Further details of Intel’s Kaby Lake-and-Radeon union leak

Intel's Indian web site leaked some tasty details of the company's upcoming CPU with Radeon graphics on package yesterday. One of those CPUs, now officially known as the Core i7-8809G, showed up on the company's overclockable desktop CPU list before being scrubbed. The leak revealed several tantalizing new facts about this union of blue-team and red-team technologies.

Most critically, the info Intel posted revealed that the i7-8809G will have a "target package power" of 100 W. Intel has already said that the CPU on the i7-8809G will be one of its H-series (35 W or 45 W) parts, so that means the graphics portion of the package could have roughly 55 W or 65 W to play with if we presume that power budgets are mostly fixed between this duo of functional units.

The CPU side of the i7-8809G will have four cores, eight threads, a 3.1 GHz base clock and 8 MB of L3 cache. Intel didn't provide boost speeds, but those base-clock and cache figures are dead ringers for the i7-7920HQ that tops Intel's Kaby Lake H-series offerings today. That chip has a 4.1 GHz boost speed, and if the i7-8809G does prove overclockable, builders might be able to push the CPU even further with some tweaks.

Despite the eighth-generation model number, the CPU die on board the i7-8809G bears all the hallmarks of being caffeine-free. The DDR4-2400 maximum memory speed points to this being a Kaby Lake-H quad-core chip. Coffee Lake six-core parts like the Core i5-8400, Core i5-8600K, Core i7-8700, and Core i7-8700K all support DDR4-2666 out of the box, while quad-core chips like the Core i3-8100 stick with the Kaby Lake-standard DDR4-2400.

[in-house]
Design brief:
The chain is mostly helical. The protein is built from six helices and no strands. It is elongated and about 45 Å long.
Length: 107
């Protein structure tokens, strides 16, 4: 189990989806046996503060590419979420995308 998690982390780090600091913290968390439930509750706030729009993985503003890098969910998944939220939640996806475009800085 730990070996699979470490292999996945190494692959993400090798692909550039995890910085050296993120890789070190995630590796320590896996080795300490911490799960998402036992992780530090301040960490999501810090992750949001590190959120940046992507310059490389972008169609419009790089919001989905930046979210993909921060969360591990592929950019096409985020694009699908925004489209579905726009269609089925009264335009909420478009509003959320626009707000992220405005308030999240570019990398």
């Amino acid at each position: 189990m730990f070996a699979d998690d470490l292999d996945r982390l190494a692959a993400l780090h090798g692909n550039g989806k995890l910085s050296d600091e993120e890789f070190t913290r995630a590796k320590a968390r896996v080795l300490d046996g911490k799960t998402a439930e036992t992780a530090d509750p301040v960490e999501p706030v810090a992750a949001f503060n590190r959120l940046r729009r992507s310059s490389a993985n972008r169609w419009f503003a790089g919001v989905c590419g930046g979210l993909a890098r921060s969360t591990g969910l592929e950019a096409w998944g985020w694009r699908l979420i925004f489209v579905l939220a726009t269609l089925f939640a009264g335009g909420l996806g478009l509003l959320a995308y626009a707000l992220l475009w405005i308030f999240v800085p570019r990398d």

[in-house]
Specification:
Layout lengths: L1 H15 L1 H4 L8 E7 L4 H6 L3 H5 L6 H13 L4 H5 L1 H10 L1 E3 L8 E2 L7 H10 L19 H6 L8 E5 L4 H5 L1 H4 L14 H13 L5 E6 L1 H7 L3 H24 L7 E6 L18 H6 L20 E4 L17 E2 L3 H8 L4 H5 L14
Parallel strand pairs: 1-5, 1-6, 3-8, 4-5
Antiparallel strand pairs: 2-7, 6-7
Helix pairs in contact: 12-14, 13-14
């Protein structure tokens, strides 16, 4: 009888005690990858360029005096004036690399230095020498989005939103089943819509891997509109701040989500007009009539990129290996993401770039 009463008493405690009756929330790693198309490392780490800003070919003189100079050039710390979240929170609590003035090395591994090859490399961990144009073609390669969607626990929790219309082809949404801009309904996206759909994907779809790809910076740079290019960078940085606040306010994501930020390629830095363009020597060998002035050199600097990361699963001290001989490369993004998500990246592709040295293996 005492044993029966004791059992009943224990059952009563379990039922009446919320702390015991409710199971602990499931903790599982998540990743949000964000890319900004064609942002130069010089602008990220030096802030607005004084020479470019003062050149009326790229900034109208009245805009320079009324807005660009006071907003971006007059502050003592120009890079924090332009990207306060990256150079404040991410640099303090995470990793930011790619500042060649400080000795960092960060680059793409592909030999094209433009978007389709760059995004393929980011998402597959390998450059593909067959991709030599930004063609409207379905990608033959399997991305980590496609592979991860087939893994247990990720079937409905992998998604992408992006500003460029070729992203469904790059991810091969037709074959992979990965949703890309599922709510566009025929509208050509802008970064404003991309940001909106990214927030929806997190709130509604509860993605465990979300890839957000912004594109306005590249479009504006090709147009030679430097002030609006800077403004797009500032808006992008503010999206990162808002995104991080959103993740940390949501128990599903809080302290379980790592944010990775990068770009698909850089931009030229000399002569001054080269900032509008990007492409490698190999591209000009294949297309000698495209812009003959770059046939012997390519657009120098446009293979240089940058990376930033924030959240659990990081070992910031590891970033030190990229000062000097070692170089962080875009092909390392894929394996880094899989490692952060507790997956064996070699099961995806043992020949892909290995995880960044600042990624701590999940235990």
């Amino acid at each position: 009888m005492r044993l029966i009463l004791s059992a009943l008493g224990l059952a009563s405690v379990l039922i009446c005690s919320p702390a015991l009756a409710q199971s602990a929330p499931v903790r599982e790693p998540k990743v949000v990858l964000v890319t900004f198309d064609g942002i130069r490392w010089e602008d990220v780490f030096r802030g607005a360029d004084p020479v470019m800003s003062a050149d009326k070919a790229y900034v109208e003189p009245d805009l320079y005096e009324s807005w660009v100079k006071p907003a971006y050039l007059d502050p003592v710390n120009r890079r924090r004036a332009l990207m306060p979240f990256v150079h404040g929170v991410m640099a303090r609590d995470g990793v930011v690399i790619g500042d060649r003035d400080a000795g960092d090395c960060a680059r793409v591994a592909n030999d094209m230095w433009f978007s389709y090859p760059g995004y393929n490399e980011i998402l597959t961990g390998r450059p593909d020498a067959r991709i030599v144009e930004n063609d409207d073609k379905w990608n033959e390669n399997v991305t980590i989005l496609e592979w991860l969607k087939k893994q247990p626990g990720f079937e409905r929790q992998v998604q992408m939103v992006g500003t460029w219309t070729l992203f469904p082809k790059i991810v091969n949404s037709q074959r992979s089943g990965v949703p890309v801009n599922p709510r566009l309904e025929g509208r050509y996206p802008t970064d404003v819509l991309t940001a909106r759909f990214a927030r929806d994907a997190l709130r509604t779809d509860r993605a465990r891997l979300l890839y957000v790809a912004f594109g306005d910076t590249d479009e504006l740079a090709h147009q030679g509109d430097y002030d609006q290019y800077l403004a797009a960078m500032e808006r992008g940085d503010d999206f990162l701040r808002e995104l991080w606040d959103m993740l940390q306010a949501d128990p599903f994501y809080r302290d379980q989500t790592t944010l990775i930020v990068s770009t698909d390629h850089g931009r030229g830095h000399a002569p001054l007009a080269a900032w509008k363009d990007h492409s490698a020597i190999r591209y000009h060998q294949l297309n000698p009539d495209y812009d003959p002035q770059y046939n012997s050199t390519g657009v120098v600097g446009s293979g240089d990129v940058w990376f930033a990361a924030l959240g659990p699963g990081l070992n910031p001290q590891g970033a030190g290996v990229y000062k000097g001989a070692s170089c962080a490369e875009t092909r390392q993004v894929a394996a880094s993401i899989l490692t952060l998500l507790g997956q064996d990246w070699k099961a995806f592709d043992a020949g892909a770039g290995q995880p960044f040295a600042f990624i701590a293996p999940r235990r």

Intel's leak also confirmed that the i7-8809G boasts Radeon RX Vega graphics power alongside its Intel CPU. Intel didn't reveal any information about the processing resources or graphics memory available from the Radeon RX Vega M GH processor, but the package power figure and our back-of-the-napkin divvying-up of that figure suggest that this could be a Radeon RX 550 or Radeon RX 560-class GPU.

We already know that RX Vega parts tend to scale well down the voltage-and-frequency curve from our experience with Vega desktop cards' power profiles, and we've already seen how well eight Vega compute units perform in a 25 W package aboard the Ryzen 5 2500U APU, so it's possible that drawing conclusions about this GPU's weight class from Polaris chips is pessimistic. We'll really need to wait for further details to peg the position of this chip in the GPU hierarchy.

The Core i7-8809G was already slated for launch in the first quarter of this year, and the 2018 CES kicks off next week. We hope to learn more about Intel's compact powerhouse and the systems it'll inhabit when we hit the ground in Vegas soon. Thanks to TR tipster SH SOTN for catching this leak.

Comments closed
    • stevelarsc
    • 1 year ago

    Well, that was a detailed note on the Intel’s Kaby Lake-and-Radeon union leak. The the i7-8809G boasts Radeon RX Vega graphics power alongside its Intel CPU. Intel didn’t reveal any information about the processing resources or graphics memory available from the Radeon RX Vega M GH processor
    [url=http://www.clippingpathphotoediting.com/clipping-path-service/<]clipping path service[/url<]

    • johnsmith26
    • 2 years ago
    • dodozoid
    • 2 years ago